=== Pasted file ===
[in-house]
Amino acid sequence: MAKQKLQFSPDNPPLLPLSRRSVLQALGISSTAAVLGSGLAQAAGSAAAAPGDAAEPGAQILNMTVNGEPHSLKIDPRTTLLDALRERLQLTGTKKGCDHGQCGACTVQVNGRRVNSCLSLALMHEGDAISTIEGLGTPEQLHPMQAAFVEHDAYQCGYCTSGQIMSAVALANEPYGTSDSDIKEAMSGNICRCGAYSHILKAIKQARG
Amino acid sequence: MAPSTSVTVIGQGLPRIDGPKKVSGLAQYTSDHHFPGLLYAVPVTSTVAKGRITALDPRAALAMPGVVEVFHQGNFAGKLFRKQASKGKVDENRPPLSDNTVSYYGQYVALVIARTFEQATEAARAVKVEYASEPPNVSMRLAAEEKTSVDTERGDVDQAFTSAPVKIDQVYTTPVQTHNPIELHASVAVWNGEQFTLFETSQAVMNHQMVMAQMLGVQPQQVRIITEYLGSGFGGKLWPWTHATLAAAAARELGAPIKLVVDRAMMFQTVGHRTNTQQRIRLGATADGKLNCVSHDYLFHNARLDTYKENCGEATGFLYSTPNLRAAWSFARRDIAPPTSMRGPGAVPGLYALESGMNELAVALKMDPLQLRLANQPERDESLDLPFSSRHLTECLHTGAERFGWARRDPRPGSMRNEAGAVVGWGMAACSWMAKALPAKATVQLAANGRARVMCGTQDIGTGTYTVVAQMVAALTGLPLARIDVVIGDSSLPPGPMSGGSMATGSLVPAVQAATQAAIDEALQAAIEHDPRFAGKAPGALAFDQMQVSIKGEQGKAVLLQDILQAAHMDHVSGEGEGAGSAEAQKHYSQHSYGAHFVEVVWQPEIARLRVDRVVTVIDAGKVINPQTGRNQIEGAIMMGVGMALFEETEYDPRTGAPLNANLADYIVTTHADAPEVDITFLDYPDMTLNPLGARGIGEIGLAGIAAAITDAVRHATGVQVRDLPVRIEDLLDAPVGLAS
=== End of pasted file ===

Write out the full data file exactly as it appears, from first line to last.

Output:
[in-house]
Amino acid sequence: MAKQKLQFSPDNPPLLPLSRRSVLQALGISSTAAVLGSGLAQAAGSAAAAPGDAAEPGAQILNMTVNGEPHSLKIDPRTTLLDALRERLQLTGTKKGCDHGQCGACTVQVNGRRVNSCLSLALMHEGDAISTIEGLGTPEQLHPMQAAFVEHDAYQCGYCTSGQIMSAVALANEPYGTSDSDIKEAMSGNICRCGAYSHILKAIKQARG
Amino acid sequence: MAPSTSVTVIGQGLPRIDGPKKVSGLAQYTSDHHFPGLLYAVPVTSTVAKGRITALDPRAALAMPGVVEVFHQGNFAGKLFRKQASKGKVDENRPPLSDNTVSYYGQYVALVIARTFEQATEAARAVKVEYASEPPNVSMRLAAEEKTSVDTERGDVDQAFTSAPVKIDQVYTTPVQTHNPIELHASVAVWNGEQFTLFETSQAVMNHQMVMAQMLGVQPQQVRIITEYLGSGFGGKLWPWTHATLAAAAARELGAPIKLVVDRAMMFQTVGHRTNTQQRIRLGATADGKLNCVSHDYLFHNARLDTYKENCGEATGFLYSTPNLRAAWSFARRDIAPPTSMRGPGAVPGLYALESGMNELAVALKMDPLQLRLANQPERDESLDLPFSSRHLTECLHTGAERFGWARRDPRPGSMRNEAGAVVGWGMAACSWMAKALPAKATVQLAANGRARVMCGTQDIGTGTYTVVAQMVAALTGLPLARIDVVIGDSSLPPGPMSGGSMATGSLVPAVQAATQAAIDEALQAAIEHDPRFAGKAPGALAFDQMQVSIKGEQGKAVLLQDILQAAHMDHVSGEGEGAGSAEAQKHYSQHSYGAHFVEVVWQPEIARLRVDRVVTVIDAGKVINPQTGRNQIEGAIMMGVGMALFEETEYDPRTGAPLNANLADYIVTTHADAPEVDITFLDYPDMTLNPLGARGIGEIGLAGIAAAITDAVRHATGVQVRDLPVRIEDLLDAPVGLAS